Thursday, November 14, 2013

How to Buy Your First DSLR

Most photography blogs assume a certain level of proficiency from their readers, but few (if any) cater to the camera neophyte. For most camera enthusiasts (nerds), a trip to the camera store is like going to the candy store; its all smiles and grins. However, for the uninitiated, buying a DSLR can be an intimidating experience if it's the first one and there's no prior experience with cameras of this sort. However, there are still some good reasons to buy a DSLR like a Nikon D3200 or a Canon SL1; speed of operation and lens selction being the biggest ones. As 2013 winds down, there will sure to be Black Friday and Christmas deals, making it one of the busiest times of the year for people to step up to a DSLR. To that end, here are a few tips and tricks to get through the buying process:

  1. Do your personal research first. There is a lot of information out there, but it helps to narrow down your choices. One of the most important pieces of information to put in place is if you have friends or family that use a certain brand. If your circle of friends shoots with Nikon, then you are better off sticking with a Nikon camera because of the help and experience that they can give you.
  2. Read online camera reviews, but don't read too deeply. All DSLR's today have a capability that will exceed what most beginners will be able to extract from them. Technical specs will matter less than reviews about ease of use and overall operation.
  3. Read Ken Rockwell with a grain of salt. It's annoying that this point has to be made, but his website has a high Google pagerank, which brings him a large number of readers.  Rockwell has a tongue-in-cheek-style of writing that doesn't translate well to furthering a beginner's knowledge. There are some things that he gets right... that going out and shooting is more important than obsessing over specs.... however, he has a certain black/white way of describing the world that isn't conducive to subtly or learning. Rockwell is goofy and polarizing... but his direct style appeals to people looking for straightforward answers. Again, I'm going to suggest that yes/no, rocks/sucks judgments aren't the best way to learn a craft.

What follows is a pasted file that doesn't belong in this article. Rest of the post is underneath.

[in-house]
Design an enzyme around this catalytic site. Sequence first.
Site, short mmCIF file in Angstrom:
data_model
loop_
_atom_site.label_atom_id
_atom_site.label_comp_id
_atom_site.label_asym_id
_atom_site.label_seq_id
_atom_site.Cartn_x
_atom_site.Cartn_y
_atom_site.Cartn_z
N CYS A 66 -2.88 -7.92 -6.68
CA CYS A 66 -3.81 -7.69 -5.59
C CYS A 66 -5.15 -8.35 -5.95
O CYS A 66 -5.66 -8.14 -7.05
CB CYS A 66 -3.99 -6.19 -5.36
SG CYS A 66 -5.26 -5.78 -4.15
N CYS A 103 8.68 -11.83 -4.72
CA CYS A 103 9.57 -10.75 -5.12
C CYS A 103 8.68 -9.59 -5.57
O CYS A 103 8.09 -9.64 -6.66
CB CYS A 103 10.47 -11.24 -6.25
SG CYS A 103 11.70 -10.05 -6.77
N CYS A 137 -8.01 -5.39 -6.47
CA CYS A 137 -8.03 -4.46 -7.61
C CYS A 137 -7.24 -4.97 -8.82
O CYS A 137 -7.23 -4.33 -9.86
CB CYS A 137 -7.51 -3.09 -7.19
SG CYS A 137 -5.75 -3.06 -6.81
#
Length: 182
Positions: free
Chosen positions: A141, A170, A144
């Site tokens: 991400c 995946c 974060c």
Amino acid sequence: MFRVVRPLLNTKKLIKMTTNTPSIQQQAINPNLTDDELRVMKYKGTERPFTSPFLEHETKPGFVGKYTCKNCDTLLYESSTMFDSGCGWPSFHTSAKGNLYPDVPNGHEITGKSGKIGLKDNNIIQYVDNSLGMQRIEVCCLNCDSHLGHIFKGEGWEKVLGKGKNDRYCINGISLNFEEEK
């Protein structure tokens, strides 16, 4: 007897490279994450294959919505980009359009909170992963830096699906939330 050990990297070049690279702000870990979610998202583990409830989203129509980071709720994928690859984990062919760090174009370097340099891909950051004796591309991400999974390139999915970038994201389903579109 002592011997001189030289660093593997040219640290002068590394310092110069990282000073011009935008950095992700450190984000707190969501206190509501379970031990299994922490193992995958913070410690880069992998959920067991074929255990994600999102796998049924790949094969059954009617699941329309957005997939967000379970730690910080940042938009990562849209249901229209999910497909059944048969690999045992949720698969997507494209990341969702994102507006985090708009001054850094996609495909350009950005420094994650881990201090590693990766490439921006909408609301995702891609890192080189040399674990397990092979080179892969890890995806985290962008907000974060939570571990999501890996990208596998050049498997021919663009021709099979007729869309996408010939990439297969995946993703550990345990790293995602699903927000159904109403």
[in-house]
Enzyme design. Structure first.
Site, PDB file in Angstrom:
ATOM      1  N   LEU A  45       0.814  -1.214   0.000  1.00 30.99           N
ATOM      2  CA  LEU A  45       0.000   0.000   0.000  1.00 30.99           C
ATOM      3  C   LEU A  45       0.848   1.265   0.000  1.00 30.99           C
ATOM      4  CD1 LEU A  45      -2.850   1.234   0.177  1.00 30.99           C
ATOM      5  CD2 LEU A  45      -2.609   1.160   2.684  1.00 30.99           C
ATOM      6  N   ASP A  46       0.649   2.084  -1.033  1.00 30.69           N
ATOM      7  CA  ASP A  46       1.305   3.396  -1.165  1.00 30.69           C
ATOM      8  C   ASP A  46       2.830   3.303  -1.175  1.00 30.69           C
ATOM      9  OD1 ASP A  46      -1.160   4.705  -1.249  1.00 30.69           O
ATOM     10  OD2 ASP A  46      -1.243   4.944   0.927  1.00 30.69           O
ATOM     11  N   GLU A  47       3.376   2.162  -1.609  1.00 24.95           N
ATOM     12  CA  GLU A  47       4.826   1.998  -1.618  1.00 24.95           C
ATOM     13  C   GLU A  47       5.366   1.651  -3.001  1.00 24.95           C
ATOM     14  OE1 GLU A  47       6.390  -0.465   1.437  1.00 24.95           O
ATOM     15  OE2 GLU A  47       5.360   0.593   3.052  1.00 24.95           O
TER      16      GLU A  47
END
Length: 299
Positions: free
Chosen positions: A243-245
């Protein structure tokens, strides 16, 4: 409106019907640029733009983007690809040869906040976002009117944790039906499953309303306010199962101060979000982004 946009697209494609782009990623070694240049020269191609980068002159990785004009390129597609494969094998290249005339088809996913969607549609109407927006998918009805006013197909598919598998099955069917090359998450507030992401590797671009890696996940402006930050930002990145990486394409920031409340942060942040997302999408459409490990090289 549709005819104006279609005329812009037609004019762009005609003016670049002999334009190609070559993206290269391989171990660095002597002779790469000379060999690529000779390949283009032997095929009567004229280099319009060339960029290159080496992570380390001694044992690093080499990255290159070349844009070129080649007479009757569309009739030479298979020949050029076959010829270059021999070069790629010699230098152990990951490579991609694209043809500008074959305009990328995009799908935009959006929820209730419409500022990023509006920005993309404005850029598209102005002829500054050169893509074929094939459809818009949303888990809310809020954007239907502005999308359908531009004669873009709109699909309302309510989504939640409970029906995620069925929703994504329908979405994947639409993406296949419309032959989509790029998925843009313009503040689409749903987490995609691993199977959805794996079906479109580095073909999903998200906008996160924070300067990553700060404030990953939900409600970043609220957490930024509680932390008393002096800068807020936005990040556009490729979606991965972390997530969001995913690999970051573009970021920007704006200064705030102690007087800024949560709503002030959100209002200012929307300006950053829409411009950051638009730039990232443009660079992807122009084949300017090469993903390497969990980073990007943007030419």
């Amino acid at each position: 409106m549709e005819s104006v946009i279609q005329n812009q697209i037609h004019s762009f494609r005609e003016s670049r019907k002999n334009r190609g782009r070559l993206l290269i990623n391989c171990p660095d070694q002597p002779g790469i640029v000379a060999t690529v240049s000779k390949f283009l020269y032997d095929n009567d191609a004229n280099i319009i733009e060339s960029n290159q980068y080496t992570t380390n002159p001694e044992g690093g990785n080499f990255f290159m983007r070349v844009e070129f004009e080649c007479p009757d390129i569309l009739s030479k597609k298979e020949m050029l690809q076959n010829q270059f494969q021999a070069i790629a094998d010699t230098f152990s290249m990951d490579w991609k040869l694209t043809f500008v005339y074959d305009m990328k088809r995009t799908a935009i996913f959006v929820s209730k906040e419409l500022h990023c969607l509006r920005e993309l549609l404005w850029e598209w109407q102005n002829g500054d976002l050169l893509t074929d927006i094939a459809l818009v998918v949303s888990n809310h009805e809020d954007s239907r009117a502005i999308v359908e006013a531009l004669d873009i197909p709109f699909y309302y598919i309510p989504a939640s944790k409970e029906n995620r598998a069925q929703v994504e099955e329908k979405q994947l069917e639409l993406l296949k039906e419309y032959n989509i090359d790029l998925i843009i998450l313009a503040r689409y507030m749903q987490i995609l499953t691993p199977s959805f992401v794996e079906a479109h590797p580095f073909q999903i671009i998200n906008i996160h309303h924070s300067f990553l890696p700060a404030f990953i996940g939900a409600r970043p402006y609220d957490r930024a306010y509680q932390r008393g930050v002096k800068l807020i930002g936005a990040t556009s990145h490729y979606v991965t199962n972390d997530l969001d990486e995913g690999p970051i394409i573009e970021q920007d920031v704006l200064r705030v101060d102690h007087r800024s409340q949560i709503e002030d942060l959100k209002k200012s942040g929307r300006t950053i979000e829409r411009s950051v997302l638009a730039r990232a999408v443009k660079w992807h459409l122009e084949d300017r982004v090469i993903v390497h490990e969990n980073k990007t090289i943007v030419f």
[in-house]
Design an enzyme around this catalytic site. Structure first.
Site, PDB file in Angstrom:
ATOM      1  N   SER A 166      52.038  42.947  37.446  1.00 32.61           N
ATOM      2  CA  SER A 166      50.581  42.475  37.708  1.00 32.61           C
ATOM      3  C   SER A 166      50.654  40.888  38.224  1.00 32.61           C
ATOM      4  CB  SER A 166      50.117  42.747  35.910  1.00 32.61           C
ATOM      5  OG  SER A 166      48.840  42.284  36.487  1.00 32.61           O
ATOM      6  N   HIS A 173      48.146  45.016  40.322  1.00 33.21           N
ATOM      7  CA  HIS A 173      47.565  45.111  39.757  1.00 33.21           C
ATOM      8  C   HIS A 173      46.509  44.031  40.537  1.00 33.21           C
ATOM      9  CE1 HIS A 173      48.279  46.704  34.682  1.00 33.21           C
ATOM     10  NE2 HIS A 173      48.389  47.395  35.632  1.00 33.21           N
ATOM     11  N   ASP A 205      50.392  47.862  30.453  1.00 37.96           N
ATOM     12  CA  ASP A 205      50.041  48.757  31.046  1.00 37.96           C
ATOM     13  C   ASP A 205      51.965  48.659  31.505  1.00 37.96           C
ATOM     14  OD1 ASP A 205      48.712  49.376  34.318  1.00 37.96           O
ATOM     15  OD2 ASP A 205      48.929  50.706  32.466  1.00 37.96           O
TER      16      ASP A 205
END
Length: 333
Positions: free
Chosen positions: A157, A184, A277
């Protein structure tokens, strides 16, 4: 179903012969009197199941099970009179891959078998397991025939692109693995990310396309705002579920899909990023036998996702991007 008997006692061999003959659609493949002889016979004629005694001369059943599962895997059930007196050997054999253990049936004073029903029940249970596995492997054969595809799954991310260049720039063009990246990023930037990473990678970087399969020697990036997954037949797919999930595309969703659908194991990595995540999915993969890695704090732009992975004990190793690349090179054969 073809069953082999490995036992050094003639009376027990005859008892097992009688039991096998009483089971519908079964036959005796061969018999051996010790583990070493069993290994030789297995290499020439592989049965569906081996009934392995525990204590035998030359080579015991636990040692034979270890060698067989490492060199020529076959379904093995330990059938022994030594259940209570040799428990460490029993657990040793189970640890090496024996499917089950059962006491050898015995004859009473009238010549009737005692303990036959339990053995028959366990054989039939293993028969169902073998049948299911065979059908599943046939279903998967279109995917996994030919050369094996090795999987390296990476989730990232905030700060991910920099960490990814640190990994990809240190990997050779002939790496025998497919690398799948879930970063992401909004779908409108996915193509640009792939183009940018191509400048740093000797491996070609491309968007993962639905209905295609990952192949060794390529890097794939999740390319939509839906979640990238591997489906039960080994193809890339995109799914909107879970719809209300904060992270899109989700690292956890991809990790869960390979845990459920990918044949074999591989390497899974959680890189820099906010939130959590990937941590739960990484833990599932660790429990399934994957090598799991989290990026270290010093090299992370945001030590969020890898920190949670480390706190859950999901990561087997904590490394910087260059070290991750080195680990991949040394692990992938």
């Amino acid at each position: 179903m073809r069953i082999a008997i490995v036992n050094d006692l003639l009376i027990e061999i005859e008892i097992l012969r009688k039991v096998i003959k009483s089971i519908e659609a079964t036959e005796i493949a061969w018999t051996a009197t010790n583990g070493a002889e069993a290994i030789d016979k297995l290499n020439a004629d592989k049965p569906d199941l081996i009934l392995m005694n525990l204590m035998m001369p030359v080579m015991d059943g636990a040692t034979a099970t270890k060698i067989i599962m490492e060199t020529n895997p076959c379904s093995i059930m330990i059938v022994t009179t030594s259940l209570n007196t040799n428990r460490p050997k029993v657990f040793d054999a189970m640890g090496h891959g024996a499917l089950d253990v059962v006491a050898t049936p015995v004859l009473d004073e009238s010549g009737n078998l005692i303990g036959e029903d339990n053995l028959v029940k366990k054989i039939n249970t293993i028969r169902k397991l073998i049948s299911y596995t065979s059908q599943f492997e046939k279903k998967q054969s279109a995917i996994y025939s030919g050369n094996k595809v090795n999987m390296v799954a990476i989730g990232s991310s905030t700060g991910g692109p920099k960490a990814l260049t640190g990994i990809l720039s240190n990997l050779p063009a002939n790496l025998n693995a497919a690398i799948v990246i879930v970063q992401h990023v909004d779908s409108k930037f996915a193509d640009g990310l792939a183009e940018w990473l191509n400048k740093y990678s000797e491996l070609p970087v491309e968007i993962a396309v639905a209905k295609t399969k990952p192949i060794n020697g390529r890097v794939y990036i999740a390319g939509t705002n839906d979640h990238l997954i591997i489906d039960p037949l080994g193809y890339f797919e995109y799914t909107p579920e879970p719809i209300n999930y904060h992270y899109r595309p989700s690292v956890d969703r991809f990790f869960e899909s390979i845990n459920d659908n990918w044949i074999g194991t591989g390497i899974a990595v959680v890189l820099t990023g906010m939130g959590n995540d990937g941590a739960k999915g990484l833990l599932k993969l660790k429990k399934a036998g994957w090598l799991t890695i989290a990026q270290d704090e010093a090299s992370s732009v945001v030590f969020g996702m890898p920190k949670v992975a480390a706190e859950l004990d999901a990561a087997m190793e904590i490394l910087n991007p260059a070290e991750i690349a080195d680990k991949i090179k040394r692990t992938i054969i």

4. If you want to the camera to be a family treasure, go to the store with your significant other. Photography is a male-dominated hobby, but the chances of the camera being used by the man and the woman of the family increases when the woman is a part of the buying decision.
  5. Ask your salesperson what they personally shoot with. Everybody has a bias, but they come about because of different reasons in camera sale. The thing that camera stores won't tell you is that it is hard to keep track of all of the equipment out there on the market. Often, the customer will know more about a particular model than the salesperson simply by virtue of having spent more time reading about it on the web. To that end, salespeople are creatures of habit, they would prefer to sell you something that they are familiar with rather than have to answer questions about something that they know nothing about.